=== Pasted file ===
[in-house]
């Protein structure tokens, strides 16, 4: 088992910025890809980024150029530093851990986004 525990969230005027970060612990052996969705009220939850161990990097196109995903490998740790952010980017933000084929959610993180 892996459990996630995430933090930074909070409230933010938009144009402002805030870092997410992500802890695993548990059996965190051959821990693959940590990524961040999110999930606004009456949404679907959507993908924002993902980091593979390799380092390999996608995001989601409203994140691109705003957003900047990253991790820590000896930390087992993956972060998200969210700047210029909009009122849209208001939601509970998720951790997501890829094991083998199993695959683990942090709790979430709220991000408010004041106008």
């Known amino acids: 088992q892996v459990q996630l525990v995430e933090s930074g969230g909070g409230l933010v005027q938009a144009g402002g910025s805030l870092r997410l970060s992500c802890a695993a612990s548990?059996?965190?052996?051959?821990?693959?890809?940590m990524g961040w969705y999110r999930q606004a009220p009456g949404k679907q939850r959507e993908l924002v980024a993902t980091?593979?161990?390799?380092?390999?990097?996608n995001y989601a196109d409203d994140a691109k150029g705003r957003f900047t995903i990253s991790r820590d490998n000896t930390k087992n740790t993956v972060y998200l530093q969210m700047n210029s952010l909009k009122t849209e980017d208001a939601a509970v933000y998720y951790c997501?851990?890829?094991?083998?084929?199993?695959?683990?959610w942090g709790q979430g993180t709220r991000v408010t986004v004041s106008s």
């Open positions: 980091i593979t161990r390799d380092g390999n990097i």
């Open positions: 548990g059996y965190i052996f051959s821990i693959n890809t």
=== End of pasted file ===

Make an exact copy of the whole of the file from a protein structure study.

[in-house]
């Protein structure tokens, strides 16, 4: 088992910025890809980024150029530093851990986004 525990969230005027970060612990052996969705009220939850161990990097196109995903490998740790952010980017933000084929959610993180 892996459990996630995430933090930074909070409230933010938009144009402002805030870092997410992500802890695993548990059996965190051959821990693959940590990524961040999110999930606004009456949404679907959507993908924002993902980091593979390799380092390999996608995001989601409203994140691109705003957003900047990253991790820590000896930390087992993956972060998200969210700047210029909009009122849209208001939601509970998720951790997501890829094991083998199993695959683990942090709790979430709220991000408010004041106008």
């Known amino acids: 088992q892996v459990q996630l525990v995430e933090s930074g969230g909070g409230l933010v005027q938009a144009g402002g910025s805030l870092r997410l970060s992500c802890a695993a612990s548990?059996?965190?052996?051959?821990?693959?890809?940590m990524g961040w969705y999110r999930q606004a009220p009456g949404k679907q939850r959507e993908l924002v980024a993902t980091?593979?161990?390799?380092?390999?990097?996608n995001y989601a196109d409203d994140a691109k150029g705003r957003f900047t995903i990253s991790r820590d490998n000896t930390k087992n740790t993956v972060y998200l530093q969210m700047n210029s952010l909009k009122t849209e980017d208001a939601a509970v933000y998720y951790c997501?851990?890829?094991?083998?084929?199993?695959?683990?959610w942090g709790q979430g993180t709220r991000v408010t986004v004041s106008s």
């Open positions: 980091i593979t161990r390799d380092g390999n990097i």
């Open positions: 548990g059996y965190i052996f051959s821990i693959n890809t």